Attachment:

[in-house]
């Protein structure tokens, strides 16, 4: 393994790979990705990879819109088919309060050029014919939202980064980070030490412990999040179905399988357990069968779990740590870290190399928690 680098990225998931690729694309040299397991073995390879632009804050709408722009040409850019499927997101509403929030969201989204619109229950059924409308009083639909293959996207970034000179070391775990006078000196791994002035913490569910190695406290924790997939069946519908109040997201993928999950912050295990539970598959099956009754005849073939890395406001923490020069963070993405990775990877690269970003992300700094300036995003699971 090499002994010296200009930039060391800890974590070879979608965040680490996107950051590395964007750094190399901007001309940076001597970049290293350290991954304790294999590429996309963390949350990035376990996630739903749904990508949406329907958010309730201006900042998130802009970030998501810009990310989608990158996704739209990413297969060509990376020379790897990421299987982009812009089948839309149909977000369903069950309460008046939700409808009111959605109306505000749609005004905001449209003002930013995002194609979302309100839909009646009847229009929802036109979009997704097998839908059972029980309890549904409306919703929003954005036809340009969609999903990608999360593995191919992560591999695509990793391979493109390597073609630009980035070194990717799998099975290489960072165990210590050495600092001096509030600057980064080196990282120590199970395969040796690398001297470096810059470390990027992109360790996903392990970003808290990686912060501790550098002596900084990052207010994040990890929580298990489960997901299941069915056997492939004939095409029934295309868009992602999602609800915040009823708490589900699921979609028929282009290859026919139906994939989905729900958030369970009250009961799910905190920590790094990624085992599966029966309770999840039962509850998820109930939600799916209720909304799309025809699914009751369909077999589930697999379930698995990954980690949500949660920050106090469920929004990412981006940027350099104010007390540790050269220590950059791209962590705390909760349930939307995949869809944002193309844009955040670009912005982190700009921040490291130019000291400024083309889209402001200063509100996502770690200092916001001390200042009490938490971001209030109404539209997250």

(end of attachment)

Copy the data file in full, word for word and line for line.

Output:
[in-house]
């Protein structure tokens, strides 16, 4: 393994790979990705990879819109088919309060050029014919939202980064980070030490412990999040179905399988357990069968779990740590870290190399928690 680098990225998931690729694309040299397991073995390879632009804050709408722009040409850019499927997101509403929030969201989204619109229950059924409308009083639909293959996207970034000179070391775990006078000196791994002035913490569910190695406290924790997939069946519908109040997201993928999950912050295990539970598959099956009754005849073939890395406001923490020069963070993405990775990877690269970003992300700094300036995003699971 090499002994010296200009930039060391800890974590070879979608965040680490996107950051590395964007750094190399901007001309940076001597970049290293350290991954304790294999590429996309963390949350990035376990996630739903749904990508949406329907958010309730201006900042998130802009970030998501810009990310989608990158996704739209990413297969060509990376020379790897990421299987982009812009089948839309149909977000369903069950309460008046939700409808009111959605109306505000749609005004905001449209003002930013995002194609979302309100839909009646009847229009929802036109979009997704097998839908059972029980309890549904409306919703929003954005036809340009969609999903990608999360593995191919992560591999695509990793391979493109390597073609630009980035070194990717799998099975290489960072165990210590050495600092001096509030600057980064080196990282120590199970395969040796690398001297470096810059470390990027992109360790996903392990970003808290990686912060501790550098002596900084990052207010994040990890929580298990489960997901299941069915056997492939004939095409029934295309868009992602999602609800915040009823708490589900699921979609028929282009290859026919139906994939989905729900958030369970009250009961799910905190920590790094990624085992599966029966309770999840039962509850998820109930939600799916209720909304799309025809699914009751369909077999589930697999379930698995990954980690949500949660920050106090469920929004990412981006940027350099104010007390540790050269220590950059791209962590705390909760349930939307995949869809944002193309844009955040670009912005982190700009921040490291130019000291400024083309889209402001200063509100996502770690200092916001001390200042009490938490971001209030109404539209997250």